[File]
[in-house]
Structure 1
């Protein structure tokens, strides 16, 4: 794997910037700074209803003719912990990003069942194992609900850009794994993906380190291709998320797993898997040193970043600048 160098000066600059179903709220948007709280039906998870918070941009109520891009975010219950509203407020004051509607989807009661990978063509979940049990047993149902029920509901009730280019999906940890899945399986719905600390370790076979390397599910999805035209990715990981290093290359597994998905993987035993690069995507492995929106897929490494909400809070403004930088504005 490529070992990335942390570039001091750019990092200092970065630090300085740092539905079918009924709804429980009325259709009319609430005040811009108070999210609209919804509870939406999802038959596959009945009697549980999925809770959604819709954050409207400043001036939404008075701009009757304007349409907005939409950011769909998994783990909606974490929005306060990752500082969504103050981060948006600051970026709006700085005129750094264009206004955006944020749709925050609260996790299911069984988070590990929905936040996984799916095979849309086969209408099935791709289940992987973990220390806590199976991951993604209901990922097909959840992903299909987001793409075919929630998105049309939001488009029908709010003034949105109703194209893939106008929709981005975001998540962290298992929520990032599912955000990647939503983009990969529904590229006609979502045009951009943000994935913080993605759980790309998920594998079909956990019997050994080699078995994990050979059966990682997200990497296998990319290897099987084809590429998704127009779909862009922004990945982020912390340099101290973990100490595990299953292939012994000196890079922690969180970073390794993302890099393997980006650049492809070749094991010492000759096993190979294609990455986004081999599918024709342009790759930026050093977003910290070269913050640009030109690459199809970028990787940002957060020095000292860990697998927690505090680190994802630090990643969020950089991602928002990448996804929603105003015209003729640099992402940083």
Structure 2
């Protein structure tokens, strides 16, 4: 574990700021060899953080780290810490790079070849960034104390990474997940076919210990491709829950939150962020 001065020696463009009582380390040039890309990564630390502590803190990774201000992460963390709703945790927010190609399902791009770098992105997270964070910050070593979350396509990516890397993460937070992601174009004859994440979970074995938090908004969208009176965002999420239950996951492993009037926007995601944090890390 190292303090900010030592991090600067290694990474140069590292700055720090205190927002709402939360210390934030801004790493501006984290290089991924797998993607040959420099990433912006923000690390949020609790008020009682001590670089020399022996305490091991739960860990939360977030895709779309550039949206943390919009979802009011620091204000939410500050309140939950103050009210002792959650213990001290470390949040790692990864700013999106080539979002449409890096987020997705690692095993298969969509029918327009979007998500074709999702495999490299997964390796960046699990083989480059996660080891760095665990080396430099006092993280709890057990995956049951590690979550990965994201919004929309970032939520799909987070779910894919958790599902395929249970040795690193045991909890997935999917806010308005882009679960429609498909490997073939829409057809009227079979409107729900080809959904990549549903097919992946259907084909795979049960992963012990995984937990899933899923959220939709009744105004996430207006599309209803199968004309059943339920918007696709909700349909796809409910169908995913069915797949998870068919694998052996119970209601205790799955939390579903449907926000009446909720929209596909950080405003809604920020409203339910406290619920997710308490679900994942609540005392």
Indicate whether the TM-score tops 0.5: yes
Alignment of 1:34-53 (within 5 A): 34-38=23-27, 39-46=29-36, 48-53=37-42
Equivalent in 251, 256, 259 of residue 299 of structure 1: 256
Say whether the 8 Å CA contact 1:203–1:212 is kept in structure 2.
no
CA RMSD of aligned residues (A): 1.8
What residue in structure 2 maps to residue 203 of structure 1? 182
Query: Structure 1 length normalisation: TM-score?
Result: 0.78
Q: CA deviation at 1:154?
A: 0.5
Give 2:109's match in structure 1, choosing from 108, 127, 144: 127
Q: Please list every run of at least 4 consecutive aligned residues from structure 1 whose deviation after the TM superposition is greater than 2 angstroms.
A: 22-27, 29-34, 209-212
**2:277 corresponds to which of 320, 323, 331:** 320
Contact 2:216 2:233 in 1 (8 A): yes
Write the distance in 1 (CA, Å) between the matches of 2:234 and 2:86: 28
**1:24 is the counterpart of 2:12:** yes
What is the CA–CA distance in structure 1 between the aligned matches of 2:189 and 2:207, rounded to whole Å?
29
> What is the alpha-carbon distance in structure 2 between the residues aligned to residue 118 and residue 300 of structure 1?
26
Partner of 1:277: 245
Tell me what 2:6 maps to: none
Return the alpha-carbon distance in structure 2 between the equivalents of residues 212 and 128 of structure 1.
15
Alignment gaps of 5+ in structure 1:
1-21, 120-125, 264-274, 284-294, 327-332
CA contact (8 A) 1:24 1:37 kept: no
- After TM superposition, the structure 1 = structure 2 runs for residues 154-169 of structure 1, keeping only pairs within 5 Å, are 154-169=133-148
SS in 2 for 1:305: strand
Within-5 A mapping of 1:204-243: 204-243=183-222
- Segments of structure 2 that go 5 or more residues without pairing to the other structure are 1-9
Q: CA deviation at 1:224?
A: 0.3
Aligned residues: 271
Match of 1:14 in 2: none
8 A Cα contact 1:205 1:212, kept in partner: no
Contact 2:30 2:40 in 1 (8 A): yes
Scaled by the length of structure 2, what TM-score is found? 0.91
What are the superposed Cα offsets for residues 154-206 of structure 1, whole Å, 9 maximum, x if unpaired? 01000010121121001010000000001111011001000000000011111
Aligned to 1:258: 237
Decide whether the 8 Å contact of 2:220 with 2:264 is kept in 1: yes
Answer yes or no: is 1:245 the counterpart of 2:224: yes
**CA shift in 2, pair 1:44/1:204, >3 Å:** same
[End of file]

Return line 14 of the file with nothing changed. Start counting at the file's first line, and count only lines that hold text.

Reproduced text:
Result: 0.78